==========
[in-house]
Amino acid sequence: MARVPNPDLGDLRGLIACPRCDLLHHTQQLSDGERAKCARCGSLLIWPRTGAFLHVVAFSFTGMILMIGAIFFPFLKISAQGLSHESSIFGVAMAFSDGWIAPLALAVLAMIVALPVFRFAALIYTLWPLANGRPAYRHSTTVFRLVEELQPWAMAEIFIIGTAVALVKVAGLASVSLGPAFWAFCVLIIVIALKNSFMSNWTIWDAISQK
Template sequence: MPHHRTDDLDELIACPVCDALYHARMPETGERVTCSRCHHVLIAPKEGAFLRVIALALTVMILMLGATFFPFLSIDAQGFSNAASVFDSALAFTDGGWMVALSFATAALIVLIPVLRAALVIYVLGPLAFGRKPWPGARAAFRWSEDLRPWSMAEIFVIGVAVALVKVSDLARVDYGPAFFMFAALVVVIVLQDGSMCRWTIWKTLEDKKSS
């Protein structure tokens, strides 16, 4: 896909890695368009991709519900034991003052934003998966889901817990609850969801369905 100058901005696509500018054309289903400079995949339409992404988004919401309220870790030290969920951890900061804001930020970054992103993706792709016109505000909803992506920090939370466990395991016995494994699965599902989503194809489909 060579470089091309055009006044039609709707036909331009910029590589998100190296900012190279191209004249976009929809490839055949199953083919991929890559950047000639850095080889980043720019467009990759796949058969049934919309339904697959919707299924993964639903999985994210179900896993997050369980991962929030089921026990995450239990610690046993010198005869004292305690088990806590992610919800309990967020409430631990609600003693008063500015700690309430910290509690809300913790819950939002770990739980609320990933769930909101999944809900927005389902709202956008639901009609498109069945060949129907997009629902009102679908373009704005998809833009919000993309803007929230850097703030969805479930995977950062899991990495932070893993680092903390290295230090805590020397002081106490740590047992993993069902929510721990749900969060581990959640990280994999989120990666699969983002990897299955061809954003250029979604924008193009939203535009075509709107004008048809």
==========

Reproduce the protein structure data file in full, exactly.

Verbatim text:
[in-house]
Amino acid sequence: MARVPNPDLGDLRGLIACPRCDLLHHTQQLSDGERAKCARCGSLLIWPRTGAFLHVVAFSFTGMILMIGAIFFPFLKISAQGLSHESSIFGVAMAFSDGWIAPLALAVLAMIVALPVFRFAALIYTLWPLANGRPAYRHSTTVFRLVEELQPWAMAEIFIIGTAVALVKVAGLASVSLGPAFWAFCVLIIVIALKNSFMSNWTIWDAISQK
Template sequence: MPHHRTDDLDELIACPVCDALYHARMPETGERVTCSRCHHVLIAPKEGAFLRVIALALTVMILMLGATFFPFLSIDAQGFSNAASVFDSALAFTDGGWMVALSFATAALIVLIPVLRAALVIYVLGPLAFGRKPWPGARAAFRWSEDLRPWSMAEIFVIGVAVALVKVSDLARVDYGPAFFMFAALVVVIVLQDGSMCRWTIWKTLEDKKSS
């Protein structure tokens, strides 16, 4: 896909890695368009991709519900034991003052934003998966889901817990609850969801369905 100058901005696509500018054309289903400079995949339409992404988004919401309220870790030290969920951890900061804001930020970054992103993706792709016109505000909803992506920090939370466990395991016995494994699965599902989503194809489909 060579470089091309055009006044039609709707036909331009910029590589998100190296900012190279191209004249976009929809490839055949199953083919991929890559950047000639850095080889980043720019467009990759796949058969049934919309339904697959919707299924993964639903999985994210179900896993997050369980991962929030089921026990995450239990610690046993010198005869004292305690088990806590992610919800309990967020409430631990609600003693008063500015700690309430910290509690809300913790819950939002770990739980609320990933769930909101999944809900927005389902709202956008639901009609498109069945060949129907997009629902009102679908373009704005998809833009919000993309803007929230850097703030969805479930995977950062899991990495932070893993680092903390290295230090805590020397002081106490740590047992993993069902929510721990749900969060581990959640990280994999989120990666699969983002990897299955061809954003250029979604924008193009939203535009075509709107004008048809």